Jameel Khader – training for ordination at the Near East School of Theology (NEST) – was there. He is interviewed here by our editor Stephen Need.
SN: Jameel, thank you for agreeing to be interviewed by Bible Lands.
JK: You’re welcome.
SN: Tell us a little bit about yourself.
JK: I am Jameel Khader from Zababdeh in the northern West Bank near Jenin in Palestine where my parents live. I have two sisters and two brothers. I graduated from the Arab American University in Jenin in 2015 and then went to work in a bank in Ramallah for a year. Then I offered myself for ordination in the Anglican Church and went to train at the Near Eastern School of Theology (NEST) in Beirut, Lebanon.
SN: Where were you on Tuesday 4th August? Can you tell us what happened?
JK: Yes. I was in the NEST building in Beirut at about 5pm in the afternoon. We were preparing for a zoom conference. We were locked down because of Covid-19 but I had just started a Bible Study on my lap top, focusing on the leadership of Moses. Suddenly there was an explosion which shook the building. The explosion came from the port area in Beirut. First, we heard a smaller explosion and then a few minutes later a huge explosion. The port is two miles away but it felt like the explosion was next door. At first, I thought it was an assassination or a terrorist attack. In Lebanon there is frequent violence and we are used to such things. I closed my lap top and went out into the stairwell and down to the ground floor. There were only about ten people in the building but I saw someone on the way down who had received some BBC news and told us it was a chemical explosion in the port.
SN: Was there much damage to the NEST building?
JK: The building shook and there was glass and aluminium everywhere. The explosion had shattered windows and blown doors off their hinges. I saw the coffee shop, the dining room and the Library. They were all covered in dust and glass. When I got down to the ground level, I tried to remain calm and make sure people were ok. I went out and fetched some manouche (Lebanese flatbread) and tried to calm people down. We still didn’t know what had happened.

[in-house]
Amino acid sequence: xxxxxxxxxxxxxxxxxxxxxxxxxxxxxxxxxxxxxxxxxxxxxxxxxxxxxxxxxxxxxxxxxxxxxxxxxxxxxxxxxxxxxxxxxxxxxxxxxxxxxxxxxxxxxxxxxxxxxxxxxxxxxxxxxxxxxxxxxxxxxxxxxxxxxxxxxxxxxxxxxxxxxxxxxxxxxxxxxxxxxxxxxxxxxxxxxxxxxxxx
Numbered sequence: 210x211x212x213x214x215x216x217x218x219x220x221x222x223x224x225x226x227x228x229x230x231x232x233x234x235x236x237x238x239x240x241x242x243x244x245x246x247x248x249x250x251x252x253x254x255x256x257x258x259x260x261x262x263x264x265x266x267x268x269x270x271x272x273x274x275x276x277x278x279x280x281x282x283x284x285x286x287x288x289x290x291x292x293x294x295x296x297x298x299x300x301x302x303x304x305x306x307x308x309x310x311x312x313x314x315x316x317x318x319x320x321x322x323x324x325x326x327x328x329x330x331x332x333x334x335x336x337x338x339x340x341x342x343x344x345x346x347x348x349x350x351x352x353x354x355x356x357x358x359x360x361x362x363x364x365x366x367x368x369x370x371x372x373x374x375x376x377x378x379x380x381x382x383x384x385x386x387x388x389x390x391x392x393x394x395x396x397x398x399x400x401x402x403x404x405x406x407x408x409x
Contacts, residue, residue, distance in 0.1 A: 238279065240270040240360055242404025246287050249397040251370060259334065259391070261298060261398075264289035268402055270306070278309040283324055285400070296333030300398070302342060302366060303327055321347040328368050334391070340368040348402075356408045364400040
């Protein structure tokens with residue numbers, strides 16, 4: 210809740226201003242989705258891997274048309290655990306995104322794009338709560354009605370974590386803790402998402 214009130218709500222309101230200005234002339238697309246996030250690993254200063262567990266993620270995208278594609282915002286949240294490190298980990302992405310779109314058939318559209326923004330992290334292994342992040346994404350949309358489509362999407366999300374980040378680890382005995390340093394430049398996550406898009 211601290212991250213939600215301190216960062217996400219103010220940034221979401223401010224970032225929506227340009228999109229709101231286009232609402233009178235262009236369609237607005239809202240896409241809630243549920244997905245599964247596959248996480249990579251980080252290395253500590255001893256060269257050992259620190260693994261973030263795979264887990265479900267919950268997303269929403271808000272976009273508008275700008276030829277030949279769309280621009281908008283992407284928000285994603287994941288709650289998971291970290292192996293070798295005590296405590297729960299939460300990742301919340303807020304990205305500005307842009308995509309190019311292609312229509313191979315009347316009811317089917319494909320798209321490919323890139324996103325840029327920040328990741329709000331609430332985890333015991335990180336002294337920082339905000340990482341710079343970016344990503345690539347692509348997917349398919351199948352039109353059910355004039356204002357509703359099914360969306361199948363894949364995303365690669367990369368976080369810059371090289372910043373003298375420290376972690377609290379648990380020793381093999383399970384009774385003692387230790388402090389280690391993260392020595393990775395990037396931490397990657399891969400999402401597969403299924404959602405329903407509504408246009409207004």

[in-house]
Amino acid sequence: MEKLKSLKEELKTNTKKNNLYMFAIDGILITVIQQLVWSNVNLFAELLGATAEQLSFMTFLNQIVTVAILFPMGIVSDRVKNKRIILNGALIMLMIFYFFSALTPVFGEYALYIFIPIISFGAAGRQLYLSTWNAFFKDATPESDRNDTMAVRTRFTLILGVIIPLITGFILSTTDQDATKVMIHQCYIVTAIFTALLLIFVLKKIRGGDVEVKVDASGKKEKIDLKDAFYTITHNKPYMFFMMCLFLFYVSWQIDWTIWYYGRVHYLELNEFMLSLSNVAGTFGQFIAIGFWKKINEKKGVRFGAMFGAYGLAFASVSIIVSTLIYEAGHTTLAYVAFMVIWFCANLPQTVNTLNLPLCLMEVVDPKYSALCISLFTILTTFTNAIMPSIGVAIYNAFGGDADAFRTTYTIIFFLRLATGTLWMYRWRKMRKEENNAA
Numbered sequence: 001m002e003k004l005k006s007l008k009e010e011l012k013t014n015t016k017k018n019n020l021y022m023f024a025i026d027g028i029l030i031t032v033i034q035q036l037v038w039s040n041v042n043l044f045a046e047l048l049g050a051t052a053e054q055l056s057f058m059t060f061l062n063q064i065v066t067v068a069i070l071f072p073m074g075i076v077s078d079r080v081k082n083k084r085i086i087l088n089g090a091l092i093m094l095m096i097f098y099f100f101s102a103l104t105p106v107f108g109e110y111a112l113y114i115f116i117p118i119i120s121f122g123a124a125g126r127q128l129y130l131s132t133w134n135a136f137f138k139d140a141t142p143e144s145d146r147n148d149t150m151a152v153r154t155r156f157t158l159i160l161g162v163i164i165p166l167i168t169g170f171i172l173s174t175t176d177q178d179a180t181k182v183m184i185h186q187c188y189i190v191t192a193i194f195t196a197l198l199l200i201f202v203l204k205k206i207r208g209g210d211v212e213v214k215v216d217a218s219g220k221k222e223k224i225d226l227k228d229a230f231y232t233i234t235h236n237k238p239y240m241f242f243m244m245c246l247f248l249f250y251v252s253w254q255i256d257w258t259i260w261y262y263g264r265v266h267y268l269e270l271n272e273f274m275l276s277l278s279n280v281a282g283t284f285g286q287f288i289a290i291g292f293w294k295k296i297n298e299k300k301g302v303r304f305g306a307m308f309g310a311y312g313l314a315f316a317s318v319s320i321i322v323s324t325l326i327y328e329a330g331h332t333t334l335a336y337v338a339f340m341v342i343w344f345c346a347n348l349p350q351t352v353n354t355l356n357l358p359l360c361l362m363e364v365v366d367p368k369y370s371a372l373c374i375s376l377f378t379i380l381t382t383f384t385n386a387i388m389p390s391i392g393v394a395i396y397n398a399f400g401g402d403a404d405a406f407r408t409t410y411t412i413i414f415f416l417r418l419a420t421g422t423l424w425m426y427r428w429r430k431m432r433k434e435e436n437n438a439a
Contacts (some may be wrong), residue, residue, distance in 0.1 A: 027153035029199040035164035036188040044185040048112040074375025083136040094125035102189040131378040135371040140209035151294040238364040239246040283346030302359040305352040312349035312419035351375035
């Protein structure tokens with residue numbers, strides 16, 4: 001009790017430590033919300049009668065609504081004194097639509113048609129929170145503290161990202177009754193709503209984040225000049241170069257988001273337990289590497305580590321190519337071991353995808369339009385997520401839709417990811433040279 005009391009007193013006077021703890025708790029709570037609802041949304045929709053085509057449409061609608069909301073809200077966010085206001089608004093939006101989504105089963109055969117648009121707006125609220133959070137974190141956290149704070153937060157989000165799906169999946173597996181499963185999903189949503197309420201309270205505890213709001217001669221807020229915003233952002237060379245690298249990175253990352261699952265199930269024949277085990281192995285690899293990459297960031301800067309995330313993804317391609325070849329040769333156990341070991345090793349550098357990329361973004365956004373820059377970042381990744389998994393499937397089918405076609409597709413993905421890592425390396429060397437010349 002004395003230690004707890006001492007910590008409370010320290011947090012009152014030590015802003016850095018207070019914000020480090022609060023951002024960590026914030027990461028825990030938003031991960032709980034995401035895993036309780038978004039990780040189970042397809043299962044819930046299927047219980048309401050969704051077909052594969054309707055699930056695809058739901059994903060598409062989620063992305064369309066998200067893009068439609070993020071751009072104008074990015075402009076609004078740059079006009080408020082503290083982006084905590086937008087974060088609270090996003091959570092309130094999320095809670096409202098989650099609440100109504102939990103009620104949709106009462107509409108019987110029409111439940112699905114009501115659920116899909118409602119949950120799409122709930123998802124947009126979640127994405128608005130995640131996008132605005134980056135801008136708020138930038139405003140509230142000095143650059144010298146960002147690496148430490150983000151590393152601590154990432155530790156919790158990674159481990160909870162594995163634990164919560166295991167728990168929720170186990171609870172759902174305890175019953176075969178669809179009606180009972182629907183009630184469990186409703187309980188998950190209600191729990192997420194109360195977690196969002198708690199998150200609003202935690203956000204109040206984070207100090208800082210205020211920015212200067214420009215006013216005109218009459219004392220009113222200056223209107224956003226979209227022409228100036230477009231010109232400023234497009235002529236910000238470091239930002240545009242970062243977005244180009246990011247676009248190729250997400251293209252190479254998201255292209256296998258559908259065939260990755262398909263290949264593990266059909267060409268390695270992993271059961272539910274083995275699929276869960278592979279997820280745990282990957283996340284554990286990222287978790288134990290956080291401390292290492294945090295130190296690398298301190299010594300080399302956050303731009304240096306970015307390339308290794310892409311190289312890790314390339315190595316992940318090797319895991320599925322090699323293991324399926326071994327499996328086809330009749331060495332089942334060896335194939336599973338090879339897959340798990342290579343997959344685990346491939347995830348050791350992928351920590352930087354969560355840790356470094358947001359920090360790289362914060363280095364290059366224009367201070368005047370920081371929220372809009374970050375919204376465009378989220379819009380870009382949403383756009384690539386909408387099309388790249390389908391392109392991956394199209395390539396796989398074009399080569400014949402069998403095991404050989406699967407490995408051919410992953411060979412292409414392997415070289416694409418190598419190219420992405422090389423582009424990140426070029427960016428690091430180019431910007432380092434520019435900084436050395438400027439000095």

SN: Were you frightened?
JK: It was frightening but I tried to remain calm.
SN: How many people were hurt?
JK: 200 people died in the port. Over 3,000 were injured. Hundreds of thousands became homeless.
SN: Was anyone at NEST hurt?
JK: No. They were all OK.
SN: What happened at All Saints’, the Anglican Church in Beirut?
JK: The Church Hall was damaged and the houses of some of the congregation were damaged. The church itself was not damaged. Several hospitals in the area were damaged so it was chaos in the following days when there weren’t enough beds for people. Archbishop Suheil Dawani and Bishop Hosam Naoum were in touch with the priest at All Saints’, Rev Imad Zoorob. They sent messages immediately and started up a relief appeal.
SN: What happened the next day?
JK: We started cleaning up in the NEST building and some of us went to some of the other local churches to help them. It took two or three days to clean up. While we were working, people came into the building to offer their help. You could see the face of Jesus in their faces and the hands of Jesus in their hands as they reached out to help us.
SN: What has it been like for people living in Beirut?
JK: The situation is very bad. We already had many problems before the explosion. Now it’s even worse. We have many political problems including violence, inflation, food shortage and electricity cuts. People were suffering a great deal. Now the government has resigned. The explosion has made everything even worse.
SN: You are now in Salt, Jordan. Do you plan to return to Beirut to finish your course?
JK: I’m not sure now. We don’t know what will happen and my bishop will make the decision. Lebanon is unsafe
It is not too late to help by donating to the All Saints Episcopal Church in Beirut, enabling the congregation to return and continue their practical support for the local community.